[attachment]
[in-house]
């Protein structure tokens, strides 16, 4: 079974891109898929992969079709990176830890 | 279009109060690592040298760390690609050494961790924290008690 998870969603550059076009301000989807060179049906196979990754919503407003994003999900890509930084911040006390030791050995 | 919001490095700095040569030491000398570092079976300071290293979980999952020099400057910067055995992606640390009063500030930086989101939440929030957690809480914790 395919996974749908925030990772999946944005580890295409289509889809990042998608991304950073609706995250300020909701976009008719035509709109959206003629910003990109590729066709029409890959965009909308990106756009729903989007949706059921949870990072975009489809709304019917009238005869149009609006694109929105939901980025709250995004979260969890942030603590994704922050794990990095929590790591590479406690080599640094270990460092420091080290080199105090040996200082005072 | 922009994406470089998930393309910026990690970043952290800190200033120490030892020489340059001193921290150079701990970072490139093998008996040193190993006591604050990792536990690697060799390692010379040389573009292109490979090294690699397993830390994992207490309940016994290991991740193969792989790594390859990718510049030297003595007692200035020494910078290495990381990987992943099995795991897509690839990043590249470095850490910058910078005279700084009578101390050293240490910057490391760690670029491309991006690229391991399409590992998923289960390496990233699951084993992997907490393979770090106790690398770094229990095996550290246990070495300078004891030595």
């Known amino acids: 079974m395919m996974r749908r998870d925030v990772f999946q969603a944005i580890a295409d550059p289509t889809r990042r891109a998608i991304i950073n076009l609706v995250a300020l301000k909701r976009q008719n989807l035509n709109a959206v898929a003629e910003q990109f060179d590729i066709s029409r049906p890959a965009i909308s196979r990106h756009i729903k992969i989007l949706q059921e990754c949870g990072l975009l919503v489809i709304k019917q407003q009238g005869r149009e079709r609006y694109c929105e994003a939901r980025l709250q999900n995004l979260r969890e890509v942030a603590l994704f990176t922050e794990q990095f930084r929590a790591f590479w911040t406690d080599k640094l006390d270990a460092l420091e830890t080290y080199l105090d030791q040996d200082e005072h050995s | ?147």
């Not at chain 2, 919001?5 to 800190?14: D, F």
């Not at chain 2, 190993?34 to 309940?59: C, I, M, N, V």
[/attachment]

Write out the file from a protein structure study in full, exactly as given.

[in-house]
């Protein structure tokens, strides 16, 4: 079974891109898929992969079709990176830890 | 279009109060690592040298760390690609050494961790924290008690 998870969603550059076009301000989807060179049906196979990754919503407003994003999900890509930084911040006390030791050995 | 919001490095700095040569030491000398570092079976300071290293979980999952020099400057910067055995992606640390009063500030930086989101939440929030957690809480914790 395919996974749908925030990772999946944005580890295409289509889809990042998608991304950073609706995250300020909701976009008719035509709109959206003629910003990109590729066709029409890959965009909308990106756009729903989007949706059921949870990072975009489809709304019917009238005869149009609006694109929105939901980025709250995004979260969890942030603590994704922050794990990095929590790591590479406690080599640094270990460092420091080290080199105090040996200082005072 | 922009994406470089998930393309910026990690970043952290800190200033120490030892020489340059001193921290150079701990970072490139093998008996040193190993006591604050990792536990690697060799390692010379040389573009292109490979090294690699397993830390994992207490309940016994290991991740193969792989790594390859990718510049030297003595007692200035020494910078290495990381990987992943099995795991897509690839990043590249470095850490910058910078005279700084009578101390050293240490910057490391760690670029491309991006690229391991399409590992998923289960390496990233699951084993992997907490393979770090106790690398770094229990095996550290246990070495300078004891030595």
């Known amino acids: 079974m395919m996974r749908r998870d925030v990772f999946q969603a944005i580890a295409d550059p289509t889809r990042r891109a998608i991304i950073n076009l609706v995250a300020l301000k909701r976009q008719n989807l035509n709109a959206v898929a003629e910003q990109f060179d590729i066709s029409r049906p890959a965009i909308s196979r990106h756009i729903k992969i989007l949706q059921e990754c949870g990072l975009l919503v489809i709304k019917q407003q009238g005869r149009e079709r609006y694109c929105e994003a939901r980025l709250q999900n995004l979260r969890e890509v942030a603590l994704f990176t922050e794990q990095f930084r929590a790591f590479w911040t406690d080599k640094l006390d270990a460092l420091e830890t080290y080199l105090d030791q040996d200082e005072h050995s | ?147």
């Not at chain 2, 919001?5 to 800190?14: D, F």
């Not at chain 2, 190993?34 to 309940?59: C, I, M, N, V």